1. Follow topics and authors relevant to your reading interests.
  2. Check your Following feed daily, and never miss an article. Access your Following feed from your account menu at the top right corner of every page.

Follow topics related to this article:

View more suggestions in Following Read more about following topics and authors
Report an error Editorial code of conduct
Due to technical reasons, we have temporarily removed commenting from our articles. We hope to have this fixed soon. Thank you for your patience. If you are looking to give feedback on our new site, please send it along to feedback@globeandmail.com. If you want to write a letter to the editor, please forward to letters@globeandmail.com.

Welcome to The Globe and Mail’s comment community. This is a space where subscribers can engage with each other and Globe staff. Non-subscribers can read and sort comments but will not be able to engage with them in any way. Click here to subscribe.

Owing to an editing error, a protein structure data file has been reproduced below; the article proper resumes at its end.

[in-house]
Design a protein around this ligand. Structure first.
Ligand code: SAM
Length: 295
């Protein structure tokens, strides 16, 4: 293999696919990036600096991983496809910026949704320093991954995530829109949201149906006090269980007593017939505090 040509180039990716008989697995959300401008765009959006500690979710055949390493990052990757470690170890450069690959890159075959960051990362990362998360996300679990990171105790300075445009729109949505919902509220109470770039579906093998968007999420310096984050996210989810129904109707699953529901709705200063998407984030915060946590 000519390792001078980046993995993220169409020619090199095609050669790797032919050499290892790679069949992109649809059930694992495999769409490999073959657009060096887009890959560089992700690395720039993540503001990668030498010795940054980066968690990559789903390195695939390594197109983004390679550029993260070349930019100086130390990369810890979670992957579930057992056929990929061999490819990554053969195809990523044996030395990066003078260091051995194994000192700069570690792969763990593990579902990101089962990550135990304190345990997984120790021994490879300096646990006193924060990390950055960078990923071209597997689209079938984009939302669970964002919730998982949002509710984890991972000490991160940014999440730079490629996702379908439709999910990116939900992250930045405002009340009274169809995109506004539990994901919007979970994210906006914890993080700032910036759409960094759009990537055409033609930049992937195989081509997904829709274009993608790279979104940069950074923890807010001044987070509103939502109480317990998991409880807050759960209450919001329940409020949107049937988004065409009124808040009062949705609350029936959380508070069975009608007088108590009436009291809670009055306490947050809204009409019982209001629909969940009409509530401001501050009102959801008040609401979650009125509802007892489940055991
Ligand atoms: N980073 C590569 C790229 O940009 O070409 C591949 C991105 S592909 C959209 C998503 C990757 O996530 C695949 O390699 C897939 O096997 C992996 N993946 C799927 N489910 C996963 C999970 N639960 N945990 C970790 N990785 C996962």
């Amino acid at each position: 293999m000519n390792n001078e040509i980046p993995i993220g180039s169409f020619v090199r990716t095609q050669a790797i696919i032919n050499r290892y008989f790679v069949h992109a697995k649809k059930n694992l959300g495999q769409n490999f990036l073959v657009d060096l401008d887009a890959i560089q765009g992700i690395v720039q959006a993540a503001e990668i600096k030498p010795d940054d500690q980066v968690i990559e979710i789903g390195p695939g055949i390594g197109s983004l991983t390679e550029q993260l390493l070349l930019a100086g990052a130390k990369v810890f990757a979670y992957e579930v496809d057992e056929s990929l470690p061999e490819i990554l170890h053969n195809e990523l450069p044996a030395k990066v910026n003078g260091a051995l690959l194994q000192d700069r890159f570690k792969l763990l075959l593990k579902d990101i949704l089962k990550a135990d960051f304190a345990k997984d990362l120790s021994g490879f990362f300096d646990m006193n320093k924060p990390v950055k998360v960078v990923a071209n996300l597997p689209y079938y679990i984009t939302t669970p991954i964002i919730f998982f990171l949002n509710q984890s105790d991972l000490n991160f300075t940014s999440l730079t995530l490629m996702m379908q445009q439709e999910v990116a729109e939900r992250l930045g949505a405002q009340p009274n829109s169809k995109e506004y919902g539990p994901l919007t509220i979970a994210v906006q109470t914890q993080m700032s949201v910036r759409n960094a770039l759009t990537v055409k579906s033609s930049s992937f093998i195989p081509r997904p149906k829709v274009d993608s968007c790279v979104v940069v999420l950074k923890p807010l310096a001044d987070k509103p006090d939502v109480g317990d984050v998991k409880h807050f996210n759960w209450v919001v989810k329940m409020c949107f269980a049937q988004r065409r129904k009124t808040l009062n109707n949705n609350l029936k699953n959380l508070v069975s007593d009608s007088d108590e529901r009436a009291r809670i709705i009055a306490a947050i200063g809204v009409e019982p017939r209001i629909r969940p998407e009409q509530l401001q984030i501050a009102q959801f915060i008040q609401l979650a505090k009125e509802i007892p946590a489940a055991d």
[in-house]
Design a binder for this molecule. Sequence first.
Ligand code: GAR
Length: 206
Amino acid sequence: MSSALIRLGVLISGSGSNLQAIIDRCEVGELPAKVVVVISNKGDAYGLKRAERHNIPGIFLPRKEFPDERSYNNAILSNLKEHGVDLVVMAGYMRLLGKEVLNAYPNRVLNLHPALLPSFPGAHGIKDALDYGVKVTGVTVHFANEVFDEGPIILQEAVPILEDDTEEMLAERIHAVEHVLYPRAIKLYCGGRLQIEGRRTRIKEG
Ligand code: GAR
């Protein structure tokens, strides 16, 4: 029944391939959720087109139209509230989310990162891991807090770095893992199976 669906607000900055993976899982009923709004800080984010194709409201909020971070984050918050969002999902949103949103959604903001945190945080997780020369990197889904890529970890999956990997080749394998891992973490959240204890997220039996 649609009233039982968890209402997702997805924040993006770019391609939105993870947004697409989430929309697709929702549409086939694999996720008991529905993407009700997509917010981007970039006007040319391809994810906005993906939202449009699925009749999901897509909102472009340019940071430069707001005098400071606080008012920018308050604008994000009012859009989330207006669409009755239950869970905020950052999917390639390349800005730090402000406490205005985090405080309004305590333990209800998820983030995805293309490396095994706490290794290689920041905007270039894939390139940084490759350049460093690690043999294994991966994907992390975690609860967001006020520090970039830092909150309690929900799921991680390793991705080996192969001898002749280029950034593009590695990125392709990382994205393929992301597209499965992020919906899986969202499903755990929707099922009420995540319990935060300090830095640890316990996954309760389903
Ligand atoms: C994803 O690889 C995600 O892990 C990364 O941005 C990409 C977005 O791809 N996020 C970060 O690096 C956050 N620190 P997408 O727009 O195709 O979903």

If you would like to write a letter to the editor, please forward it to letters@globeandmail.com. Readers can also interact with The Globe on Facebook and Twitter .

Welcome to The Globe and Mail’s comment community. This is a space where subscribers can engage with each other and Globe staff. Non-subscribers can read and sort comments but will not be able to engage with them in any way. Click here to subscribe.

If you would like to write a letter to the editor, please forward it to letters@globeandmail.com. Readers can also interact with The Globe on Facebook and Twitter .

Welcome to The Globe and Mail’s comment community. This is a space where subscribers can engage with each other and Globe staff.

We aim to create a safe and valuable space for discussion and debate. That means:

  • Treat others as you wish to be treated
  • Criticize ideas, not people
  • Stay on topic
  • Avoid the use of toxic and offensive language
  • Flag bad behaviour

If you do not see your comment posted immediately, it is being reviewed by the moderation team and may appear shortly, generally within an hour.

We aim to have all comments reviewed in a timely manner.

Comments that violate our community guidelines will not be posted.

Read our community guidelines here

Discussion loading ...

To view this site properly, enable cookies in your browser. Read our privacy policy to learn more.
How to enable cookies